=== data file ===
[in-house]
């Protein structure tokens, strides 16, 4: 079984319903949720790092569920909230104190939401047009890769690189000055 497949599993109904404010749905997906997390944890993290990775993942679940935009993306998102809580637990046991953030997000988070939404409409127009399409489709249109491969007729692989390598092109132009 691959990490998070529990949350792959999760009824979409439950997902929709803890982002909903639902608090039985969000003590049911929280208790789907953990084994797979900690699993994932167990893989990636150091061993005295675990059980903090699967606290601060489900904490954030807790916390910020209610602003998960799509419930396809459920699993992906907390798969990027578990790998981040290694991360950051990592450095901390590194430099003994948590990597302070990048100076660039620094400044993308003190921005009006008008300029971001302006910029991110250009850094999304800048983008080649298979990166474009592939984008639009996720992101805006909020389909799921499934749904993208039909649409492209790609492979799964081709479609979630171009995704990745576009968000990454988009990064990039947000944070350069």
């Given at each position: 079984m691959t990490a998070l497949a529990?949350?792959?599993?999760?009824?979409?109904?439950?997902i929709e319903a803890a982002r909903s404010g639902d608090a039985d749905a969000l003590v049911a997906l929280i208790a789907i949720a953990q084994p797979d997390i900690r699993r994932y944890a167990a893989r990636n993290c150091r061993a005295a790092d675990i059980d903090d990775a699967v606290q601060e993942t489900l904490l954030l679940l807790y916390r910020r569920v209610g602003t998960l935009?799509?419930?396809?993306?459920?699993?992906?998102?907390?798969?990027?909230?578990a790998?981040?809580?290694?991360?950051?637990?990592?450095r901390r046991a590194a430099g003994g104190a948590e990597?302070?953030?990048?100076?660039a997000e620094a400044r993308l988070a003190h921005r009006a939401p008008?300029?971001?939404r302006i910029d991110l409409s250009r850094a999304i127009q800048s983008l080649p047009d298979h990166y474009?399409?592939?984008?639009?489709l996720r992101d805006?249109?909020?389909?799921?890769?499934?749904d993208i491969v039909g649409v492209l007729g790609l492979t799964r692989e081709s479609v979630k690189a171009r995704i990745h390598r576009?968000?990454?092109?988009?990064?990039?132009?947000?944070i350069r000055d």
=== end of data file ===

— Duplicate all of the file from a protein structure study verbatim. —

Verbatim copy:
[in-house]
């Protein structure tokens, strides 16, 4: 079984319903949720790092569920909230104190939401047009890769690189000055 497949599993109904404010749905997906997390944890993290990775993942679940935009993306998102809580637990046991953030997000988070939404409409127009399409489709249109491969007729692989390598092109132009 691959990490998070529990949350792959999760009824979409439950997902929709803890982002909903639902608090039985969000003590049911929280208790789907953990084994797979900690699993994932167990893989990636150091061993005295675990059980903090699967606290601060489900904490954030807790916390910020209610602003998960799509419930396809459920699993992906907390798969990027578990790998981040290694991360950051990592450095901390590194430099003994948590990597302070990048100076660039620094400044993308003190921005009006008008300029971001302006910029991110250009850094999304800048983008080649298979990166474009592939984008639009996720992101805006909020389909799921499934749904993208039909649409492209790609492979799964081709479609979630171009995704990745576009968000990454988009990064990039947000944070350069």
């Given at each position: 079984m691959t990490a998070l497949a529990?949350?792959?599993?999760?009824?979409?109904?439950?997902i929709e319903a803890a982002r909903s404010g639902d608090a039985d749905a969000l003590v049911a997906l929280i208790a789907i949720a953990q084994p797979d997390i900690r699993r994932y944890a167990a893989r990636n993290c150091r061993a005295a790092d675990i059980d903090d990775a699967v606290q601060e993942t489900l904490l954030l679940l807790y916390r910020r569920v209610g602003t998960l935009?799509?419930?396809?993306?459920?699993?992906?998102?907390?798969?990027?909230?578990a790998?981040?809580?290694?991360?950051?637990?990592?450095r901390r046991a590194a430099g003994g104190a948590e990597?302070?953030?990048?100076?660039a997000e620094a400044r993308l988070a003190h921005r009006a939401p008008?300029?971001?939404r302006i910029d991110l409409s250009r850094a999304i127009q800048s983008l080649p047009d298979h990166y474009?399409?592939?984008?639009?489709l996720r992101d805006?249109?909020?389909?799921?890769?499934?749904d993208i491969v039909g649409v492209l007729g790609l492979t799964r692989e081709s479609v979630k690189a171009r995704i990745h390598r576009?968000?990454?092109?988009?990064?990039?132009?947000?944070i350069r000055d």